• the “qualified mortgage” or “QM” definition in the Ability-to-Repay and Qualified Mortgage Standards rule (the “ATR Rule”) promulgated by the Consumer Financial Protection Bureau (“CFPB”) under Section 129C of the Truth in Lending Act;

• the “qualified residential mortgage” or “QRM” definition under the securitization risk retention rules (the “Risk Retention Reproposal”) reproposed by a consortium of regulatory and housing agencies under Section 941 of the Dodd-Frank Act; and

• the revised bank capital rules promulgated by bank regulators in accordance with Basel III (the “Basel III Rules”).

To read the full alert, click here.

 

Request For Further Review Delays Lifting Of DOL Interpretation On Loan Officer Overtime

By: Thomas H. Petrides, John L. Longstreth

The federal Court of Appeals’ decision in July ordering the withdrawal of a 2010 DOL Administrator’s Interpretation regarding the eligibility of mortgage loan officers to be paid overtime has been further delayed by an August 16 petition for rehearing. Several employee loan officers intervened in the case and filed a request for the full D.C. Circuit to review the July 2 decision. The DOL is also expected to file a similar request and has until September 6 to do so. Under court rules, the request automatically delays sending the case back to the district court to vacate the DOL Interpretation. There is no set time frame for the Appeals Court to rule on the rehearing request. If the court grants the request and agrees to rehear the case, the DOL Interpretation would likely remain in place until a decision on the rehearing issues. If the request is denied, the case will promptly move back to the district court to vacate the DOL Interpretation, unless a further stay is sought and obtained in connection with a request for Supreme Court review.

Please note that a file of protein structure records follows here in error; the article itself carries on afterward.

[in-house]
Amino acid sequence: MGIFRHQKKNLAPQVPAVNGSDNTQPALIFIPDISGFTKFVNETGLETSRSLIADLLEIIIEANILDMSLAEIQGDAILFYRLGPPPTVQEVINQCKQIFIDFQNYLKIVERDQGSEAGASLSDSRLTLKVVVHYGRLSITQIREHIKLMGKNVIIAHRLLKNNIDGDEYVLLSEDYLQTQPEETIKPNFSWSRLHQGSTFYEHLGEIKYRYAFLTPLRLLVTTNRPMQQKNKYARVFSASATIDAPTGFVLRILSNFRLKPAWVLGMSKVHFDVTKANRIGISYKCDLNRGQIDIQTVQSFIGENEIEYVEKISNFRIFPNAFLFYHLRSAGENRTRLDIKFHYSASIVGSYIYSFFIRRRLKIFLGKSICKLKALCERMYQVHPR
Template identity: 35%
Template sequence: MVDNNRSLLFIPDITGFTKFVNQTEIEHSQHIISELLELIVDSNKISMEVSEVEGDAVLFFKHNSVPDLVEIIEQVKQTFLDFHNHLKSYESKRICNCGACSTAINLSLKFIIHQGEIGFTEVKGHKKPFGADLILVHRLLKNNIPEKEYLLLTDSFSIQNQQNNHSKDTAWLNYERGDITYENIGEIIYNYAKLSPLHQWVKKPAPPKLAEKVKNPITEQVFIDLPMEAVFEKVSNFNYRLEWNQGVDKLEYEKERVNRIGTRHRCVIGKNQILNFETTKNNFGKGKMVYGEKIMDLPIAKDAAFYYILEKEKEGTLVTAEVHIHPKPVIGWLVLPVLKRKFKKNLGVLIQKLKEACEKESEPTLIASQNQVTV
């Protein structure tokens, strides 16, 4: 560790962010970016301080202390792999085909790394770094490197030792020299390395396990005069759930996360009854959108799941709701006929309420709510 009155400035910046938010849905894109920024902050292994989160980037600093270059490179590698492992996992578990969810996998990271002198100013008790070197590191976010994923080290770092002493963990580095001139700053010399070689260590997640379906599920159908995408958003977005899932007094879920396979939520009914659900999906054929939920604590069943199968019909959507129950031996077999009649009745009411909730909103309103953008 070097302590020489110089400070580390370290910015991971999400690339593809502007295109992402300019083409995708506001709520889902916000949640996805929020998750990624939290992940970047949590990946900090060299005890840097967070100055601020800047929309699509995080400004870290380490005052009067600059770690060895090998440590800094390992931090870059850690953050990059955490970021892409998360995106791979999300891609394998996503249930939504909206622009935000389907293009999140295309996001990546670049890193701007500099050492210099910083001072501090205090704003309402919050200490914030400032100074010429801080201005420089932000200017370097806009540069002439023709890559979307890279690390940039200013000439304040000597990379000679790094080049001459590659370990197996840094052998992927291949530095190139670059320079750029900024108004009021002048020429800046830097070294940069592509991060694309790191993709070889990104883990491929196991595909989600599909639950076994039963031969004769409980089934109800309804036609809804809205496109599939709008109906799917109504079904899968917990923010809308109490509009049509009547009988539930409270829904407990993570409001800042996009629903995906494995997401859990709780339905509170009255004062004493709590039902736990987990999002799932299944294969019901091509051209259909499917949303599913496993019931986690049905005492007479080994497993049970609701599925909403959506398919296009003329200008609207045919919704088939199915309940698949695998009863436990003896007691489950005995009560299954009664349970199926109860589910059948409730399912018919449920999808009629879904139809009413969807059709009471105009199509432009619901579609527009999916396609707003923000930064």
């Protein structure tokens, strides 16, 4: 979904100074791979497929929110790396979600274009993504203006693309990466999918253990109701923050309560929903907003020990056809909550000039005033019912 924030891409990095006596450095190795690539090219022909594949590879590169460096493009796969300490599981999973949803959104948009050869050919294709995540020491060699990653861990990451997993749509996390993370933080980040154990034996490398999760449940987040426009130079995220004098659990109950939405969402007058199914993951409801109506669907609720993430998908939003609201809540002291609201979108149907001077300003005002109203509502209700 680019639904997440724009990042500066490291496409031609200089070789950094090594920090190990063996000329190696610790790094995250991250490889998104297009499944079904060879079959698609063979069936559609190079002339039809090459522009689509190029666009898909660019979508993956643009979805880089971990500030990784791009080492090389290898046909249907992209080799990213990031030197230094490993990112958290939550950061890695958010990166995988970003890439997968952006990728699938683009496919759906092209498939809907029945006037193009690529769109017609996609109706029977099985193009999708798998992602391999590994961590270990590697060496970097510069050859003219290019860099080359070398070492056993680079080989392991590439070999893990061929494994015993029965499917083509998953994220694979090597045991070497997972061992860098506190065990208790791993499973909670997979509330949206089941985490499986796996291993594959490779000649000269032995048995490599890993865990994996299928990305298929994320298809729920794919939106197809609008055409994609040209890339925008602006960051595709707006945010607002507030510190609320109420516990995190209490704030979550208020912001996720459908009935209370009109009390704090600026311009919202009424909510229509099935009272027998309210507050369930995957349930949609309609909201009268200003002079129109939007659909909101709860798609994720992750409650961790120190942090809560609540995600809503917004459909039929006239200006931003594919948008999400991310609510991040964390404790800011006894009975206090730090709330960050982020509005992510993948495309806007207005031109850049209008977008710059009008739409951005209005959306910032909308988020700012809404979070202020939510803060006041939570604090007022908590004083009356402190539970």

In the interim, the 2010 DOL Interpretation, determining that loan officers in the mortgage banking industry do not qualify as exempt from overtime under the administrative exemption of the FLSA, currently remains in place. The July 11, 2013 K&L Gates Alert discussing the appeals court decision has been updated to reflect the petition for rehearing having been filed.

To read the full alert, click here.

 

Township of Mount Holly: The United States Supreme Court Considers Whether the Fair Housing Act Recognizes Disparate-Impact Liability

By: Paul F. Hancock, Andrew C. Glass, Melanie Brody,  John L. Longstreth, Roger L. Smerage